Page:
de Guzman 90+5'
I can't decide which is more infuriating: Liverpool's wholly abhorrent first half or throwing Gerrard, Suarez, and Sterling on in the second half and still failing to win. Actually, nevermind, that's an easy decision. It's the latter, and it's not even close.
Today's match totally exposed Liverpool's utter lack of depth. Of course, that Joe Cole would start any match exposes Liverpool's utter lack of depth.
Both halves were criminally poor, but for different reasons. Liverpool's line-up was pretty much as expected: similar to the last round, similar to the match against Young Boys. Except for a couple of surprising changes. Henderson played at right-back, as he did as a substitute on Sunday, since both Johnson and Kelly injured and Wisdom needed a rest. With Henderson needed in defense, Joe Allen started against his former club after a draining match on Sunday. And Joe Cole started, in his "preferred position" no less. It went about as well as you'd expect.
Liverpool's starting XI had scored just 21 goals for the club. Carragher and Downing were joint-top scorers with five each; Shelvey has four, Cole three, Coates and Henderson two. That's it. So it was little surprise to see Liverpool completely impotent in attack. Liverpool at least controlled possession well for the first 15 minutes, albeit with absolutely no cutting edge, but that didn't last long. Only Swansea's profligacy kept the away side off the mark until the 34th, as Dyer couldn't control after getting behind Robinson and Carragher, Ki fired wide, Carragher made a couple of crucial last ditch tackles, de Guzman blasted over, and Jones parried another long-range effort from Ki. But Swansea eventually made the break-through, as Chico got in front of Coates to rocket in a header from a corner.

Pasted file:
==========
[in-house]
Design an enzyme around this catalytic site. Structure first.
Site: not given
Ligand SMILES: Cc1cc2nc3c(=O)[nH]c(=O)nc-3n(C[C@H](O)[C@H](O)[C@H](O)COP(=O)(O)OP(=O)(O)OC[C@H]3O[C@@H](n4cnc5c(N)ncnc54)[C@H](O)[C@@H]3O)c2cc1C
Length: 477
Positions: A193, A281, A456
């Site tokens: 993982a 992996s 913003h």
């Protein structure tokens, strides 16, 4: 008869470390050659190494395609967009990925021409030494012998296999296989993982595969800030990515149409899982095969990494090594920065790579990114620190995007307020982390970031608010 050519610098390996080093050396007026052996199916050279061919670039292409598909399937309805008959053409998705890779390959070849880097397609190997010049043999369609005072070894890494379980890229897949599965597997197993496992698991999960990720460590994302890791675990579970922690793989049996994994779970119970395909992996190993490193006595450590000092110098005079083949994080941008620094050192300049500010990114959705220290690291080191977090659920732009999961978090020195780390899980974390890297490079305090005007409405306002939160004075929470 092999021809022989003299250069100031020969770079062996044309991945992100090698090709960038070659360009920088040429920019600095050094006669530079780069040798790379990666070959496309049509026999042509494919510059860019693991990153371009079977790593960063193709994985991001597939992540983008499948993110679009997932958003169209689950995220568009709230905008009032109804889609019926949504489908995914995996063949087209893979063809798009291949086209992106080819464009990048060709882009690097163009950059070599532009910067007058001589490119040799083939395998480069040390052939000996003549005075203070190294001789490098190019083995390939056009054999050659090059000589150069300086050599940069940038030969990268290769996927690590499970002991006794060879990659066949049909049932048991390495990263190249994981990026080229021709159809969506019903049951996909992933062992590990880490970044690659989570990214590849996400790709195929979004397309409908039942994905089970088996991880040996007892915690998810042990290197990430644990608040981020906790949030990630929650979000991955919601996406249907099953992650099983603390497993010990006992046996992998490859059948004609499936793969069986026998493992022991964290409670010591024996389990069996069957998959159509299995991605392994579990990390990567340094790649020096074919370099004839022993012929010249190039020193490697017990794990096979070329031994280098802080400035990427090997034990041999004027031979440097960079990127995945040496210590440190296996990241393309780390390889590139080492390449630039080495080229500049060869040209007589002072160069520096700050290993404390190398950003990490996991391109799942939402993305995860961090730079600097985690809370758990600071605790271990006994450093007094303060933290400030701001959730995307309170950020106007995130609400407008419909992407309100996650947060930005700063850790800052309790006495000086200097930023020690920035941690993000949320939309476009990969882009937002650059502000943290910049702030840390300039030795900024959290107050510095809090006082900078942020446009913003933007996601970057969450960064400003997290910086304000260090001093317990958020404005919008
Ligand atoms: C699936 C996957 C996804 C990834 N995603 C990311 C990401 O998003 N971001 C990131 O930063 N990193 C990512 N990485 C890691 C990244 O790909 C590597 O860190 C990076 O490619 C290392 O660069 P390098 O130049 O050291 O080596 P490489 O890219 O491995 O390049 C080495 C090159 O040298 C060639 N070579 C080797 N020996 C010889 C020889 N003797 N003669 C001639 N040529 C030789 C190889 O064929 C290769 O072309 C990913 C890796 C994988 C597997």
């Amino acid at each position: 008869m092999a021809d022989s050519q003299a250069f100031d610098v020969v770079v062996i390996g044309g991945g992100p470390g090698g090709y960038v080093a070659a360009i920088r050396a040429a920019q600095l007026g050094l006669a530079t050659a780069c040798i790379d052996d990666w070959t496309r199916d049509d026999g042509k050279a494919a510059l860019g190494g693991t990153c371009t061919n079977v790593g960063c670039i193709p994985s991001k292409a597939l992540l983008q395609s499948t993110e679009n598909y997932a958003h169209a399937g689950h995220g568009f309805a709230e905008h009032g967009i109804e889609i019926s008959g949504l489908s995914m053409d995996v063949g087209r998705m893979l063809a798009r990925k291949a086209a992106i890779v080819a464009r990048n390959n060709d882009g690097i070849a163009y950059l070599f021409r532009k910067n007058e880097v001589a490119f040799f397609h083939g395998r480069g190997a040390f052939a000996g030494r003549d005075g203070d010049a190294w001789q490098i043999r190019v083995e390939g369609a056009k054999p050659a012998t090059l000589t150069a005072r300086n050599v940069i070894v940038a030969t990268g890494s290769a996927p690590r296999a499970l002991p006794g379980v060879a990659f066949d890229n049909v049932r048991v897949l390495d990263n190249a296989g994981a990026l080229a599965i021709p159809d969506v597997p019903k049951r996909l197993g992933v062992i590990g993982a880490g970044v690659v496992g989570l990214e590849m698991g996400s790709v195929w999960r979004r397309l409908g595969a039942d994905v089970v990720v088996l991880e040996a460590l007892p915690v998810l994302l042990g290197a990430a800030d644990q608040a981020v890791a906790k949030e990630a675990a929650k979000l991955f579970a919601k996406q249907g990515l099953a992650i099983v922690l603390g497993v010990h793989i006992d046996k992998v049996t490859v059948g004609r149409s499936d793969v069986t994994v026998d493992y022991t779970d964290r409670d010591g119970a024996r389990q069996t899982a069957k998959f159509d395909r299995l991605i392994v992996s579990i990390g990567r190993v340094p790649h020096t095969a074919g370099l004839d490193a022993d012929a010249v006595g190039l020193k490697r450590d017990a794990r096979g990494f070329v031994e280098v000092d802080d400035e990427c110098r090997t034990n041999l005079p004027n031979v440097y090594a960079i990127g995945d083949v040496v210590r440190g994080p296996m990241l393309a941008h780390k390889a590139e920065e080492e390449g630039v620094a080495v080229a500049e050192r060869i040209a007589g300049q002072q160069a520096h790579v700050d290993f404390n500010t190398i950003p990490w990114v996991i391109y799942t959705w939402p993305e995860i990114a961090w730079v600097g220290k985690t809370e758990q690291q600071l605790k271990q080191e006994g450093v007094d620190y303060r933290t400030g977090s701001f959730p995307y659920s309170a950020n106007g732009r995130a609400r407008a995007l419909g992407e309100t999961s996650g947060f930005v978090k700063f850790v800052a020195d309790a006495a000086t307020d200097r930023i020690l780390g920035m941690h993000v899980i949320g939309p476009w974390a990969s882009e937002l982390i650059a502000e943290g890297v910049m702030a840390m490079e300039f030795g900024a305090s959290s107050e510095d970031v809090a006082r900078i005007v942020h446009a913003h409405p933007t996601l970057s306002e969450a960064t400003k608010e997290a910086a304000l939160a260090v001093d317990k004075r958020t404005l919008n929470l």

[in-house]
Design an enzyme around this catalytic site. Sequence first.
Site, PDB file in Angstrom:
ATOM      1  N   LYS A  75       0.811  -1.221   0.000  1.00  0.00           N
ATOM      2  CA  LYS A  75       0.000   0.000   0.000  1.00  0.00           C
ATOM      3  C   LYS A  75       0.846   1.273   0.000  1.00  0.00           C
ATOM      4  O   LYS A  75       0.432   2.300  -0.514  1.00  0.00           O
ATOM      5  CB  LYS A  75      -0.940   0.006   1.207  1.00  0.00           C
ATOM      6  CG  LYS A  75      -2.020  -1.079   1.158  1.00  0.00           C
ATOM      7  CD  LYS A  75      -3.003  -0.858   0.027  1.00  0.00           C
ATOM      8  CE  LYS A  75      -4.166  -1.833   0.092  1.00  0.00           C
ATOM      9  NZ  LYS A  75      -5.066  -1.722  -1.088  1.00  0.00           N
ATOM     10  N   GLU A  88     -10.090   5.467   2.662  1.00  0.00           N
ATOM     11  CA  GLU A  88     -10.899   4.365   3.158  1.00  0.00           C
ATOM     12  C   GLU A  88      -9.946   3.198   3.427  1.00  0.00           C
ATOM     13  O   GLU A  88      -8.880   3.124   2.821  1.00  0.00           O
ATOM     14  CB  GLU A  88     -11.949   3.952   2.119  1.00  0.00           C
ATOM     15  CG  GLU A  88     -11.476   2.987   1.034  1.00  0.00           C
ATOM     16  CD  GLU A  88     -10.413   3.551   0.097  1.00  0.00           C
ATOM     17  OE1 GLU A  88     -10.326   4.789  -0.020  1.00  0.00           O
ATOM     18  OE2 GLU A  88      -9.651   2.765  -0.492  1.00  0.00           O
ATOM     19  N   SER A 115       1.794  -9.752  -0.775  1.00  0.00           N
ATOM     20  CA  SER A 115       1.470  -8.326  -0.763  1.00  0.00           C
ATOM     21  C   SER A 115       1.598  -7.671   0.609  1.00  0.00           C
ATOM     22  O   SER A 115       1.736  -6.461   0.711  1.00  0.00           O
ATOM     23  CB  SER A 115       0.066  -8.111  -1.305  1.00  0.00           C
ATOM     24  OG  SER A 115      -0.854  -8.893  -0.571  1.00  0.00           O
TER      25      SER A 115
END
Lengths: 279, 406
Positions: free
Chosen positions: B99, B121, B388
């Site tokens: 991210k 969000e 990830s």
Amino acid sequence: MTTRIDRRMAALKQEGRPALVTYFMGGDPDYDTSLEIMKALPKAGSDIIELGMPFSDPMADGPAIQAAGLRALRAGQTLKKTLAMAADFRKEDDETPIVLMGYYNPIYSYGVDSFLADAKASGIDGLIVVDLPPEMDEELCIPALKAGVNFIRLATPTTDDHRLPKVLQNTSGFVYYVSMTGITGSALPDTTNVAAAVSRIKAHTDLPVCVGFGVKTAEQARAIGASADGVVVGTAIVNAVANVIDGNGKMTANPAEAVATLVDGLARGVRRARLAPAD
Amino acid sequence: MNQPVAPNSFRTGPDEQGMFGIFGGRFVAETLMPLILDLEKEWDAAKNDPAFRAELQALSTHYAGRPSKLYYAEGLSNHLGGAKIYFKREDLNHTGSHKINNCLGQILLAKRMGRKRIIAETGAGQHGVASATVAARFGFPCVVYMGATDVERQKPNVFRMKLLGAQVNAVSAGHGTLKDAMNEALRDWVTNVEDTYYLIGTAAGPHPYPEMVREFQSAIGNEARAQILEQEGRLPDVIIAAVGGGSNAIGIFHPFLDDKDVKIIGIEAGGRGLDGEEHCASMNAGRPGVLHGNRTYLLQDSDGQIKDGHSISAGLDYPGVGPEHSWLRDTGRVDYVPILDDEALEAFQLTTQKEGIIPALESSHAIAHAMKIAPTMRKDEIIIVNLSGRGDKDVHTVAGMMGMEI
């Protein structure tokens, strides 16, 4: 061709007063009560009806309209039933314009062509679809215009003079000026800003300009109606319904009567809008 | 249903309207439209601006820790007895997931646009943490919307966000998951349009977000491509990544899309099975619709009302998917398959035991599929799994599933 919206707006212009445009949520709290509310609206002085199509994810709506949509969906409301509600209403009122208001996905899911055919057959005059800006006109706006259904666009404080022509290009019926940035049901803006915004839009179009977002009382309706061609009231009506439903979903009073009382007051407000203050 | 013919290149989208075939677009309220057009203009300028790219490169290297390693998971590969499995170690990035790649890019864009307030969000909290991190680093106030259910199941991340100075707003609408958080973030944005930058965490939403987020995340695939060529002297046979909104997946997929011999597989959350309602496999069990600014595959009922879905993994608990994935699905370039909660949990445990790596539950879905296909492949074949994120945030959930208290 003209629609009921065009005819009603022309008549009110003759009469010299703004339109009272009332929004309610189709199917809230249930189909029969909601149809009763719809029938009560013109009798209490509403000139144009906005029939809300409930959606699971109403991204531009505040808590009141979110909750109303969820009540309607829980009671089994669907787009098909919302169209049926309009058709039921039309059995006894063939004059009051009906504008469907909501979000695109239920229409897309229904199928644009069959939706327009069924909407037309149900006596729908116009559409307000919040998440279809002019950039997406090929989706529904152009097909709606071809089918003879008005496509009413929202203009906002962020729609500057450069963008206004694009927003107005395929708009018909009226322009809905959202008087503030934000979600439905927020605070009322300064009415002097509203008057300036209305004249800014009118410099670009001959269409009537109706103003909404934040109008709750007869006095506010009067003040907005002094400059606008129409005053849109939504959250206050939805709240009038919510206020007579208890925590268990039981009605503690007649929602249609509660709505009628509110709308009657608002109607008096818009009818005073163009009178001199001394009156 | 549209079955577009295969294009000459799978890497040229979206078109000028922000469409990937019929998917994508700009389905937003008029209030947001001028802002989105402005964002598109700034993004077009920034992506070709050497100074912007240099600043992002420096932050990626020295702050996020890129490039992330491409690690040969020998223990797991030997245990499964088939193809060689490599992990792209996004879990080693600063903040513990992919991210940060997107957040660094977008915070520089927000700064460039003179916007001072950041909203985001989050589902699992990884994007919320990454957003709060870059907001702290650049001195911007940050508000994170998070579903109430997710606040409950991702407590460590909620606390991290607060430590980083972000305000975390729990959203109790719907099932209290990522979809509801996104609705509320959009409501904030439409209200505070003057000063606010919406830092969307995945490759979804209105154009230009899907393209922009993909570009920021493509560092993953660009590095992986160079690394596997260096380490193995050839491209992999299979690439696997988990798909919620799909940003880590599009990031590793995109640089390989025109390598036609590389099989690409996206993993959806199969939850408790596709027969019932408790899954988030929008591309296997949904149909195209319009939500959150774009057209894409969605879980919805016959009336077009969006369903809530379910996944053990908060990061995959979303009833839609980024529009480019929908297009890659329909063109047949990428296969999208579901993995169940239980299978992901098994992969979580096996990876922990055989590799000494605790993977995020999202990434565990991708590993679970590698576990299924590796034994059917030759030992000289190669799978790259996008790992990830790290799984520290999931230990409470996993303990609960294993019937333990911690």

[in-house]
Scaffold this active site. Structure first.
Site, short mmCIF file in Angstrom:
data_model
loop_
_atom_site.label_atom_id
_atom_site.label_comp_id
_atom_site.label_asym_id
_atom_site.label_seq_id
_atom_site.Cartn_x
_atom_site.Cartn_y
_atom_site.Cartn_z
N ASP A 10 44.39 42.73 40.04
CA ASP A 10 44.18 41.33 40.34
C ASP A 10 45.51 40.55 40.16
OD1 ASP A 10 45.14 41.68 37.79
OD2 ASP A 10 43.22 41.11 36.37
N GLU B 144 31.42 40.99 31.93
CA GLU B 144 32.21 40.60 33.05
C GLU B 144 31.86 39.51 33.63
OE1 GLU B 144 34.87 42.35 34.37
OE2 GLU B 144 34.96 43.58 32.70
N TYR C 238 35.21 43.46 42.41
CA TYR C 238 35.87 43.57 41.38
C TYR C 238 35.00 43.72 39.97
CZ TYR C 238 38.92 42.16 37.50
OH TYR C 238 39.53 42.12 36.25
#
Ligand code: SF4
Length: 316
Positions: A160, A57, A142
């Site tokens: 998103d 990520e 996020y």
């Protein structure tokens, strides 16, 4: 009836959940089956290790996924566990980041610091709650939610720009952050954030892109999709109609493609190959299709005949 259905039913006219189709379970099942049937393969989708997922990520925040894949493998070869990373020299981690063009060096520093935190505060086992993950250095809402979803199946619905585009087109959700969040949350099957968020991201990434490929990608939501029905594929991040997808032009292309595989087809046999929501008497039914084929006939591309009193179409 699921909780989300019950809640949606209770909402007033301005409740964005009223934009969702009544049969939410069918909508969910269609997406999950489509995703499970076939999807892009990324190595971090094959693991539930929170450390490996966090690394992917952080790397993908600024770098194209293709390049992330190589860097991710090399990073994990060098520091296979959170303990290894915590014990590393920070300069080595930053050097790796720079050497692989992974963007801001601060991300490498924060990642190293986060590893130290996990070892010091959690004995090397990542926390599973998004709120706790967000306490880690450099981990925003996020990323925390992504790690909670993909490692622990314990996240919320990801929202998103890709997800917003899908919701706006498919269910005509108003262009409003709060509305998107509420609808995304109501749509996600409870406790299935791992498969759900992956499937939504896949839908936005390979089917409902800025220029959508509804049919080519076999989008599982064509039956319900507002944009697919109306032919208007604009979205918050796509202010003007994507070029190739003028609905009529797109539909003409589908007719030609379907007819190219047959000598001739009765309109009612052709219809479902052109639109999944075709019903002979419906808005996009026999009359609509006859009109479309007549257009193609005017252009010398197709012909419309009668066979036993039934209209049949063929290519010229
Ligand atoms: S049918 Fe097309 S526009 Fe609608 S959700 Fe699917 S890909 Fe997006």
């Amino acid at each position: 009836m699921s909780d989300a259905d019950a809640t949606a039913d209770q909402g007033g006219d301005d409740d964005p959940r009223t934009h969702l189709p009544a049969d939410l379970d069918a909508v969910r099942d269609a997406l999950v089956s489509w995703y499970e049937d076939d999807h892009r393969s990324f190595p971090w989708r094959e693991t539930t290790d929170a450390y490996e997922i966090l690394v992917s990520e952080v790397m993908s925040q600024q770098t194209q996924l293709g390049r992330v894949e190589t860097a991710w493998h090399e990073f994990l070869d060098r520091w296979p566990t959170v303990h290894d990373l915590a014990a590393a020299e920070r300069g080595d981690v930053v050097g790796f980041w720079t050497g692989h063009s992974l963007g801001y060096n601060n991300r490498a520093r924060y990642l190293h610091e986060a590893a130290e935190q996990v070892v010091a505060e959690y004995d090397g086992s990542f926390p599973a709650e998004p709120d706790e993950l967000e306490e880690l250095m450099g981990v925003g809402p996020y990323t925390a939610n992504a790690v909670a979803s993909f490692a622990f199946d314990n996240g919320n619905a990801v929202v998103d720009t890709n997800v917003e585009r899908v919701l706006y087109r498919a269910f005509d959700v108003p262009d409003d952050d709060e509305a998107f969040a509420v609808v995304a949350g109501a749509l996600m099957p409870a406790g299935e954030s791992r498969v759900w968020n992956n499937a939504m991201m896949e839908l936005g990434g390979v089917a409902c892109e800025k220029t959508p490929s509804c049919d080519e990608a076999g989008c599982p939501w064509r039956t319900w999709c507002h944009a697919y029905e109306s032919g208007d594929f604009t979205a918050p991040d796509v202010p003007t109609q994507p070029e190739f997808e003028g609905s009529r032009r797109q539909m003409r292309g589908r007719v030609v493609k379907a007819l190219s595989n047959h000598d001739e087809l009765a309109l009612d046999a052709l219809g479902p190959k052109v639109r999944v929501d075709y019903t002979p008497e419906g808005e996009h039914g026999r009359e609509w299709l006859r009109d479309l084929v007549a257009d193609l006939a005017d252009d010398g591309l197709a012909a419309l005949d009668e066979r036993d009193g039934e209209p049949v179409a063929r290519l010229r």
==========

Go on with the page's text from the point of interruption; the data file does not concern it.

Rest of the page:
Rodgers' response was the same as against Udinese, only earlier. Here comes the cavalry: Suarez and Gerrard on at half-time for Yesil and Cole – the former out of his depth, the latter completely terrible and totally past it. There's no rest for the weary.
Unsurprisingly, Liverpool had created two better chances than anything we saw in the first half within five minutes. Also unsurprisingly, Liverpool failed to hit the target with either. Shelvey's shot cleared the crossbar after Allen intercepted in Swansea's half, swiftly followed by Suarez heading over from Shelvey's cross. Around the hour mark, Gerrard cannoned a long-range shot off the post, with Downing unable to sort his feet or his brain out for the wide-open rebound. After that, Rodgers went all in, bringing Sterling on for Assaidi.
Coincidentally, that also marked the tilt back towards Swansea; as in the first half, the away side gained a foothold after early Liverpool possession and didn't take long to make Liverpool pay for it. I'm still not sure how Swansea failed to score in the 67th minute, as Brad Jones made three separate saves with the ball bouncing around his penalty box before another crucial Carragher block and an eventual clearance. Then came another excellent save from Jones, tipping Michu's shot over the bar. And then, with Liverpool sending almost everyone forward in the frantic search for an equalizer, came the stomach.